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    George Armstrong Custer: His Signed and Inscribed Personal Bible, Which Accompanied Him on the Little Bighorn Expedition. Inscribed by Custer on the flyleaf: "G.A. Custer/ US Army/ Fort Abraham Lincoln Dacota [sic]/ Oct. 1st, 1874." The Bible, a gift from Custer's mother, must have been of great importance to him. He carried it with him on his last campaign, and it survived because it was left in his personal wagon, which remained with the pack train guarded successfully by Captain Benteen. After the remnants of Custer's forces returned to Fort Lincoln, this Bible was returned to his widow, Libbie, and remained in possession of the Custer family until the late 1980s, when it was consigned to Butterfield & Butterfield as part of a large group of artifacts released by the descendents of Nevin Custer, Armstrong's sole surviving brother.

    To appreciate the significance of this Bible one must understand the important role which religion played in Custer's life. In his younger life Custer was a bit of a raconteur, and by his own admission not terribly devout. But perhaps because of what he saw and experienced in the Civil War, his faith deepened. Custer swore off drinking, a commitment which he honored for the remainder of his life. In May of 1864, he wrote to wife Libbie during the Wilderness Campaign, "On the eve of every battle in which I have been engaged, I have never omitted to pray inwardly, devoutly. Never have I failed to commend myself to God's keeping, asking Him to forgive my past sins, and to watch over me while in danger... and to receive me if I fell, while caring for those near and dear to me. After having done so all anxiety for myself, here or hereafter, is dispelled. I feel that my destiny is in the hands of the Almighty. This belief, more than any other fact or reason, makes me brave and fearless as I am."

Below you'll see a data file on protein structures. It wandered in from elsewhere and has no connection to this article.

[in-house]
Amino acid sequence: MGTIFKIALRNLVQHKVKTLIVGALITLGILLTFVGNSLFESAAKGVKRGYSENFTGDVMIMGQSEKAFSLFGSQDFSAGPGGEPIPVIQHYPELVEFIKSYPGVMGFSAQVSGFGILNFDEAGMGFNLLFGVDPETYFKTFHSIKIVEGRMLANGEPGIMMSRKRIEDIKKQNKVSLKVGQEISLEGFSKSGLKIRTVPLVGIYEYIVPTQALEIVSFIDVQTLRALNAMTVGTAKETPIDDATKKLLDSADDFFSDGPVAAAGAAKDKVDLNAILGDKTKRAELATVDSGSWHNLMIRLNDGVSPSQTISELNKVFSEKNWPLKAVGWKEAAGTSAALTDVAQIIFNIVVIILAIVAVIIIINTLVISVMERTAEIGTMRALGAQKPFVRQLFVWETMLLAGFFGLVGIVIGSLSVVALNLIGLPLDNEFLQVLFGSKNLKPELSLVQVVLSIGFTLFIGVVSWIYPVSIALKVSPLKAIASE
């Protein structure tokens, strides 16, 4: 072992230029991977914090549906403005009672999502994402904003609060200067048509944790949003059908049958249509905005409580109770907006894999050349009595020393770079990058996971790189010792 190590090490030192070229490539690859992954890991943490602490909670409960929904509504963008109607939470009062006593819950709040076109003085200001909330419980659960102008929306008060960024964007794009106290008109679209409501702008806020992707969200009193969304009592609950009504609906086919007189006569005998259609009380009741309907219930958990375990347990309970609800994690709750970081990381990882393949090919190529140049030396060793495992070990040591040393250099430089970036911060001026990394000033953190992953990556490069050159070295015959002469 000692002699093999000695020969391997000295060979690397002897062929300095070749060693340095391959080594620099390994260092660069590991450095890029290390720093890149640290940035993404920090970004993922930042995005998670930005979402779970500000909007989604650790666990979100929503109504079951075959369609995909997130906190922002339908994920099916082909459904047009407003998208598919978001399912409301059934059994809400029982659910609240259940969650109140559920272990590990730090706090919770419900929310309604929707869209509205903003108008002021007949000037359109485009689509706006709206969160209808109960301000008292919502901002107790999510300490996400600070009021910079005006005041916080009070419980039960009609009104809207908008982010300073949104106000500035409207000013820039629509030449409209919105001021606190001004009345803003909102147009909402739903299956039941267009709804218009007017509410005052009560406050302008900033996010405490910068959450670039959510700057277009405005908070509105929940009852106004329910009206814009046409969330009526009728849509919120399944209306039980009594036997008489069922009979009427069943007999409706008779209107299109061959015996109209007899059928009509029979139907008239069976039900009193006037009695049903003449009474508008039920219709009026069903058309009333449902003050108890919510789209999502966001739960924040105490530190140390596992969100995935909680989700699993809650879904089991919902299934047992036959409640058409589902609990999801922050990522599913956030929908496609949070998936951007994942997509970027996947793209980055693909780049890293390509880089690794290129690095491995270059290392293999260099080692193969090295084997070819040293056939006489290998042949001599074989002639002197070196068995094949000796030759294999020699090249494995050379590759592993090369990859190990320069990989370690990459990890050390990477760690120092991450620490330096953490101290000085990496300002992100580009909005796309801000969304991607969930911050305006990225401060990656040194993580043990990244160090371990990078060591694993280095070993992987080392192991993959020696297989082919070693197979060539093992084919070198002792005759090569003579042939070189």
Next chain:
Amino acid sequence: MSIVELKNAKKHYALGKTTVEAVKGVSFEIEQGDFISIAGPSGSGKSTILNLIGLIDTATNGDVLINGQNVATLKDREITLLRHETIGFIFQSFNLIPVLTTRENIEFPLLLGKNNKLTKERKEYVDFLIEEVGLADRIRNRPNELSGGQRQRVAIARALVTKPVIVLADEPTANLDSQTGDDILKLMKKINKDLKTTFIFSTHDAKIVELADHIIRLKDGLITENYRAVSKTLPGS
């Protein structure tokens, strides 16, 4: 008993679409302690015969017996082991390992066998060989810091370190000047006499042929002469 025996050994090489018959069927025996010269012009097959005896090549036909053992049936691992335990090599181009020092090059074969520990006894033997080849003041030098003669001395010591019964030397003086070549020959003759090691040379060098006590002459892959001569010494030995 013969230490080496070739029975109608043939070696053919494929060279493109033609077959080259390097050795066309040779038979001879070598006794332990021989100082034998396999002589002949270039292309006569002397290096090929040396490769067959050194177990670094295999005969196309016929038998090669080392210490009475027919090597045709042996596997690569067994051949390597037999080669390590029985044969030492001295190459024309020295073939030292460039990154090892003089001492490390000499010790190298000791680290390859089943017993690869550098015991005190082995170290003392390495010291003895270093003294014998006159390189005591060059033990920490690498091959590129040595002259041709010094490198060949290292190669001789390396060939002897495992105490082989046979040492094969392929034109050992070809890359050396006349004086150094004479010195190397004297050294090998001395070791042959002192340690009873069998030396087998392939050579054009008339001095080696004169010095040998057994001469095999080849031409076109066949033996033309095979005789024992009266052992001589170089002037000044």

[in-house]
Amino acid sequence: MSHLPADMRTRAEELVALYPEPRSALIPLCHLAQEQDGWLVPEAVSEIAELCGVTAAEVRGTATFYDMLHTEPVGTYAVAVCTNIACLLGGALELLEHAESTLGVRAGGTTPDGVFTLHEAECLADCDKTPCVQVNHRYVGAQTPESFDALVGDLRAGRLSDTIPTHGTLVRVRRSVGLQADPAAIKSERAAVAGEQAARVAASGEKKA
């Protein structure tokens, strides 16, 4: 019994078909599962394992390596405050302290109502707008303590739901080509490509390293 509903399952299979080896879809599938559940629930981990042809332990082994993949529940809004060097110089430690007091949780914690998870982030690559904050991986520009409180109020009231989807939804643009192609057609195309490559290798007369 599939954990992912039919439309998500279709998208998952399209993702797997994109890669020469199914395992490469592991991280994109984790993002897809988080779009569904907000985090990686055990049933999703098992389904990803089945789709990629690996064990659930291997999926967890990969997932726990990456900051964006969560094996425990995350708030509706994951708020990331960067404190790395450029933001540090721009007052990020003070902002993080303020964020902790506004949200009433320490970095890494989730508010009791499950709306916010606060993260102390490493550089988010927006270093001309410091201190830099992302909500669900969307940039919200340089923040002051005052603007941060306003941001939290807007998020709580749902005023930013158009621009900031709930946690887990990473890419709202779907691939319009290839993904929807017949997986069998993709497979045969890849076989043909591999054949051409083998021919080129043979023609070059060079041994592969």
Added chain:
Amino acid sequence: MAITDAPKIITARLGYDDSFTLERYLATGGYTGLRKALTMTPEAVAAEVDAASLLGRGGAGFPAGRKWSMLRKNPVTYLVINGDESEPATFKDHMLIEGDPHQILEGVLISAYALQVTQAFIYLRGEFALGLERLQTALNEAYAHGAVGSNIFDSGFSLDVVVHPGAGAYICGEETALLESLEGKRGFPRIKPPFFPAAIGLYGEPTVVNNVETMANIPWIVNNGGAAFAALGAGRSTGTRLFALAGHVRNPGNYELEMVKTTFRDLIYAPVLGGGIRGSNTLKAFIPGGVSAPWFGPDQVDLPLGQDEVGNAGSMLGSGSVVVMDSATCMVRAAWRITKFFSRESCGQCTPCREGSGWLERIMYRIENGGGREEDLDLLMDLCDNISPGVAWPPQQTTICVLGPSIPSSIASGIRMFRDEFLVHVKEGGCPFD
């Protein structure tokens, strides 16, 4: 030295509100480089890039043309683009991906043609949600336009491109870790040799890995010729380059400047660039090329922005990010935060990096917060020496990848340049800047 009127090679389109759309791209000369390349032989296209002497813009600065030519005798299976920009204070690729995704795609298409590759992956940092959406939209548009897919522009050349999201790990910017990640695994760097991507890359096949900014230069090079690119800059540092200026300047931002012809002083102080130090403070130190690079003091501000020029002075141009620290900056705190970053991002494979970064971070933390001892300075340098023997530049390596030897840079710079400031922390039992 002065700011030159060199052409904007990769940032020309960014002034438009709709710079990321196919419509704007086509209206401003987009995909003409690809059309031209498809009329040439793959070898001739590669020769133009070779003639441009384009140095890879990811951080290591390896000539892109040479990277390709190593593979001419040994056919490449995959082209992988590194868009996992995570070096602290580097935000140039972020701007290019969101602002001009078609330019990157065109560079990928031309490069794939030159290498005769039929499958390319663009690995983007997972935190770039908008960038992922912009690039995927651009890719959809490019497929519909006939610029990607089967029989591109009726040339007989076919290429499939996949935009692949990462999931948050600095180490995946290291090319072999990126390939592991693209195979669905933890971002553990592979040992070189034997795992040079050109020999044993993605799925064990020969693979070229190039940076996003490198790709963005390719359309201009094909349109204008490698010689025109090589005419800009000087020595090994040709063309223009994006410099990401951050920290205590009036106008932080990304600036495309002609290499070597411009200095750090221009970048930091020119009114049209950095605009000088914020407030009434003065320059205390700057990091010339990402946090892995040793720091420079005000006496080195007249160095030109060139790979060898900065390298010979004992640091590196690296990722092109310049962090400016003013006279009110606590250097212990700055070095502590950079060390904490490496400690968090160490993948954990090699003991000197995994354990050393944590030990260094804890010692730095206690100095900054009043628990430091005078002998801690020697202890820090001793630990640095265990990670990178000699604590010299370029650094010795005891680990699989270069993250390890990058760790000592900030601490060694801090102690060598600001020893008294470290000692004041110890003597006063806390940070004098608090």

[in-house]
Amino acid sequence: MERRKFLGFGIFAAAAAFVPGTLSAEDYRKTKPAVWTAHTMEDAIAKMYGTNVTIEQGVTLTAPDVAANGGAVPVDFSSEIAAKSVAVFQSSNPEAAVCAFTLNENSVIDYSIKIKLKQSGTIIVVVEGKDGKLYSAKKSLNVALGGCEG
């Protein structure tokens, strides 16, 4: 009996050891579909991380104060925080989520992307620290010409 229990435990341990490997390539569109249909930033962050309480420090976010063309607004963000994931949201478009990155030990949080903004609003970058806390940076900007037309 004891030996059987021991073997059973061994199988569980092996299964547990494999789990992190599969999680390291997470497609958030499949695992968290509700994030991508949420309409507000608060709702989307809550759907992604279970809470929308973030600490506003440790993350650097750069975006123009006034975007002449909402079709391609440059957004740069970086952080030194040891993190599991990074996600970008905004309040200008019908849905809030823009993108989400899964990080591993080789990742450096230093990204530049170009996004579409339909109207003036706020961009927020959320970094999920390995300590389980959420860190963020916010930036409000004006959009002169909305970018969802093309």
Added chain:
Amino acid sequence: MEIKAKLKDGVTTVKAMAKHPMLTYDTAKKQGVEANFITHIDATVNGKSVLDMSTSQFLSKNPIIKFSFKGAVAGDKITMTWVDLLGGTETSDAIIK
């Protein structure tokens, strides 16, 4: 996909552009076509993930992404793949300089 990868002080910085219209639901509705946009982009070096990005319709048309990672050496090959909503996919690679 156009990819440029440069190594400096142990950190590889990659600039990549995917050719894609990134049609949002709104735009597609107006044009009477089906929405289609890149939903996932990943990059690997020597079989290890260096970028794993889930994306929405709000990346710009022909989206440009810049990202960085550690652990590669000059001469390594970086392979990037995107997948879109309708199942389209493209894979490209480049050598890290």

This Bible was far more than simply another book owned by Custer. Given to him by his mother, inscribed at Fort Lincoln, and carried with him on his last campaign, it must be considered one of the most personal and evocative of Custer relics.

    The Bible itself measures 6.5" x 10" x 3", and was published by American Bible Society, New York, in 1872. The original embossed cloth cover had deteriorated badly over the years and was separating from the book, and so it has undergone the necessary conservation work, performed by a top specialist. The interior pages are untouched and in excellent condition, including the boldly inscribed and signed flyleaf page.

    The Bible was last sold publicly by Butterfield & Butterfield in 1995, where, along with some papers belonging to Corporal William O. Taylor (who survived the Little Bighorn battle with Major Reno's command), it sold for $46,750.

    Please note: Our original assertion that Custer had this Bible with him up to the point of the Little Bighorn Battle was based on a press release which accompanied the original sale of the Bible when it left the Custer family. Presumably, that information was anecdotal and came from the family. However, a Custer scholar has pointed out that most of the personal effects of Custer and his officers were left either at the Powder River supply depot or aboard the transport steamer Far West. From that point they proceeded in light marching order, with minimal supplies for fifteen days carried on pack mules. Some of the supply mules were killed in action, and others were so weakened that their loads had to be abandoned during the retreat. While it would not be unreasonable to suspect that any personal effects of their dead commander would have been preserved by his men during this process, there is no recorded evidence to support that conclusion. Given the well-documented importance of his Christian faith to Custer, it seems quite plausible that he would have considered his Bible an essential even when traveling light. However, in the absence of any concrete evidence, the question of whether the Bible went along on the Little Bighorn expedition must remain a subject for speculation.

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    Auction Info

    Auction Dates
    November, 2010
    17th Wednesday
    Bids + Registered Phone Bidders: 9
    Lot Tracking Activity: N/A
    Page Views: 3,591

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